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Health Canada interim order facilitates importation of drugs, medical devices and food affected by COVID-19 pandemic

Author(s): Vincent M. de Grandpré, Jaymie Maddox

Apr 21, 2020

For further information on the changes below or other intellectual property matters, please contact one of the authors above or any member of our Intellectual Property or Intellectual Property Litigation Groups.

As the COVID-19 pandemic continues to challenge the Canadian healthcare system, concerns have been raised about potential shortages of necessary drugs and medical supplies. To address this situation, the Canadian government has adopted an Interim Order Respecting Drugs, Medical Devices and Foods for a Special Dietary Purpose in Relation to COVID-19 (the Interim Order), which relaxes regulatory requirements to facilitate the importation into Canada of drugs and other products in serious short supply. The Interim Order offers an opportunity for manufacturers to answer Canada’s pressing call for required medical supplies and to test the waters of the Canadian market while shortages last.

On March 30, 2020, the Canadian Minister of Health issued the Interim Order under section 30.1(1) of Canada’s Food and Drugs Act. The Interim Order allows importers holding Canadian drug establishment licenses (DELs) to import designated products without meeting all of the requirements of the Canadian Food and Drug Regulations. In particular, importers are exempt from meeting a variety of drug labelling, sampling and release requirements.

The products eligible to be designated under the Interim Order are drug products assessed by the federal government, healthcare and industry stakeholders to be subject to a Tier 3 shortage, meaning a shortage with the greatest potential impact on Canada’s drug supply and healthcare system. Importers may make proposals to Health Canada to have their products on the Tier 3 shortage list added to the List of Drugs for Exceptional Importation and Sale. Health Canada has so far designated over a dozen drugs for exceptional importation and sale, including products originating from the United States, Austria and Sweden.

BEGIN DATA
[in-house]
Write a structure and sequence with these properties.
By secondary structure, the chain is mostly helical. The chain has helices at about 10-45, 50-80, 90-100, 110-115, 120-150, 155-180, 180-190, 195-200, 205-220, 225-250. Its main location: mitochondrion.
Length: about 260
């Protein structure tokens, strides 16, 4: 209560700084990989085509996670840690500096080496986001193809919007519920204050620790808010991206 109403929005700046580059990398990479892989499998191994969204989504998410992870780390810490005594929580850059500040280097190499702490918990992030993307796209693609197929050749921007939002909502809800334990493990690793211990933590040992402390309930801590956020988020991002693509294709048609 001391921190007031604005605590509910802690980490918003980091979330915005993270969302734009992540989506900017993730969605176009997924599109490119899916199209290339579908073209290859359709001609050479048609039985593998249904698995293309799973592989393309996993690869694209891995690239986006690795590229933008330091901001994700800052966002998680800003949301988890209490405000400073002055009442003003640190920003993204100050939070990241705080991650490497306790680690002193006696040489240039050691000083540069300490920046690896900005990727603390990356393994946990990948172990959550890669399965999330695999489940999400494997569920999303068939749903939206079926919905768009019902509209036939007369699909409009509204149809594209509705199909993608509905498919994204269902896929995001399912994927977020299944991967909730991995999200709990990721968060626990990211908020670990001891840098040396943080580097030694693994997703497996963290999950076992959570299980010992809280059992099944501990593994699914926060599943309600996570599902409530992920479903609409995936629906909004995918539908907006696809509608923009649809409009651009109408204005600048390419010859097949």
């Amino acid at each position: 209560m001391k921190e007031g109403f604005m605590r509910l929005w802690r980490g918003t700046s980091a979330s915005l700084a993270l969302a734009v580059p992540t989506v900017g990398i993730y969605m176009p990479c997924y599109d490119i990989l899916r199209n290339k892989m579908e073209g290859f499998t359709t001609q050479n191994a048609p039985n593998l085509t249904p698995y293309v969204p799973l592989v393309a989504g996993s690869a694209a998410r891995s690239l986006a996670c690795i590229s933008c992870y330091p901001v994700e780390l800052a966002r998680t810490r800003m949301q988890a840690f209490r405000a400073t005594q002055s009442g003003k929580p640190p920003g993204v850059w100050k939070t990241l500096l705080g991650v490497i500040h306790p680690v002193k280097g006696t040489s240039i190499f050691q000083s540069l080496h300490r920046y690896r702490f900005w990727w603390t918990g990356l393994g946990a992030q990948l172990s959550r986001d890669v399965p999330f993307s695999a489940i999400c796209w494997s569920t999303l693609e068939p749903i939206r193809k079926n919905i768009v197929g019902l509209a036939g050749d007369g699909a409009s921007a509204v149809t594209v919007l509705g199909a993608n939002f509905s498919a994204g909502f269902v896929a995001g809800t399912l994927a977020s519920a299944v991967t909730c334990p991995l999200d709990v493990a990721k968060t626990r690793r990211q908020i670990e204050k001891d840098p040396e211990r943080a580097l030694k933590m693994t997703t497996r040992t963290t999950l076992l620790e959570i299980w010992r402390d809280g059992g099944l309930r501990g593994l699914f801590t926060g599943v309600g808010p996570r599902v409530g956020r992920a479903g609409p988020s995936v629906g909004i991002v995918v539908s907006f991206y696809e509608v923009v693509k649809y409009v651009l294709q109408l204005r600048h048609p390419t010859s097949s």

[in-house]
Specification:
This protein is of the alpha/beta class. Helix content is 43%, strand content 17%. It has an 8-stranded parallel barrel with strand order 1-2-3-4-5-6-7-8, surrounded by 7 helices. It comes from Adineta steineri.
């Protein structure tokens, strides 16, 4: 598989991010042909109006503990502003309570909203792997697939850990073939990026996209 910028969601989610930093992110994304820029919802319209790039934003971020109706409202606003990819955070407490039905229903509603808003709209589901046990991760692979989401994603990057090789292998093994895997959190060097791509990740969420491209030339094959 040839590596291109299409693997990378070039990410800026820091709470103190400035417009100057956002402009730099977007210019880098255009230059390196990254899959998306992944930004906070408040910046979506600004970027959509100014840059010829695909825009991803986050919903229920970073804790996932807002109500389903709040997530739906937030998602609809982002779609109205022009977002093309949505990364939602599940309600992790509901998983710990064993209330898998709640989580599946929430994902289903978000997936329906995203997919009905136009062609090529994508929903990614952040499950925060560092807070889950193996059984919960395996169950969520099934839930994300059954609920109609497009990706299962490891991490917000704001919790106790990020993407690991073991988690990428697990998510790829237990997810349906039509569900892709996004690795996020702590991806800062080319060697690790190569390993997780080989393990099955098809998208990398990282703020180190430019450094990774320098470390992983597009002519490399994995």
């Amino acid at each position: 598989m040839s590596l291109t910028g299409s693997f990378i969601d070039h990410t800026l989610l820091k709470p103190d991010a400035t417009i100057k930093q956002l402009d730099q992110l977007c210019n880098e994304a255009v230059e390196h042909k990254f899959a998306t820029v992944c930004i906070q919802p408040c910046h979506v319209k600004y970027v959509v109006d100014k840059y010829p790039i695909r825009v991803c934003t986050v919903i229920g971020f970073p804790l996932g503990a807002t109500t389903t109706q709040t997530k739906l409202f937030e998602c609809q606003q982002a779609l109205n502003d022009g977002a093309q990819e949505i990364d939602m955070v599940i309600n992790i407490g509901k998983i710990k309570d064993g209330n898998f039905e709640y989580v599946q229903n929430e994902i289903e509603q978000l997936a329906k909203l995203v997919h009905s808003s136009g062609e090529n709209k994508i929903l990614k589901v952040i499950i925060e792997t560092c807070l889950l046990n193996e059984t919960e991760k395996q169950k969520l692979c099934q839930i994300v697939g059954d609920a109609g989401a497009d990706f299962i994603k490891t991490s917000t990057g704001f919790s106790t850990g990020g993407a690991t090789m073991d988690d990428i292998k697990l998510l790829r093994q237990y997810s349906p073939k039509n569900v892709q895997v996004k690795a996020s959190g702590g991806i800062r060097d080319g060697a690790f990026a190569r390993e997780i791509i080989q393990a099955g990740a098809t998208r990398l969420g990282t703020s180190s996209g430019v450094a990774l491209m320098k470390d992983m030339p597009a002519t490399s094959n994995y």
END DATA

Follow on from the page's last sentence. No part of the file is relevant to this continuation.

Importers of designated drugs must hold a DEL that covers the importation of the drugs and dosage forms, in addition to having buildings outside of Canada listed in such licenses (e.g., in a DEL Foreign Building Annex or API annex). Existing controls for prescription drugs, adverse drug reaction and recall reporting, as well as most good manufacturing practice (GMP) requirements under the Food and Drug Regulations are not relaxed under the Interim Order. Health Canada must also be notified by email five calendar days before the designated drug is actually imported.

The Interim Order is particularly beneficial for importers of designated drugs from countries with partnerships and mutual recognition agreements (MRAs) with Canada. For example, Health Canada will consider a foreign building compliant if it is determined to be GMP-compliant by a trusted regulatory partner (e.g., the U.S. FDA) for the applicable activity, category of drug and dosage form. Under the Interim Order, importers of drugs fabricated, packaged, labelled and tested in countries subject to an MRA with Canada, such as the United Kingdom and Australia, also benefit from reduced finished-product testing requirements.

Manufacturers that have not previously distributed a particular drug in Canada may now take advantage of the Interim Order to import and sell that product in Canada. Manufacturers unfamiliar with the Canadian market may also take advantage of the Interim Order, while shortages last, to gain valuable experience with Canadian regulators and commercial players, all the while assisting Canada’s response to the COVID-19 pandemic.

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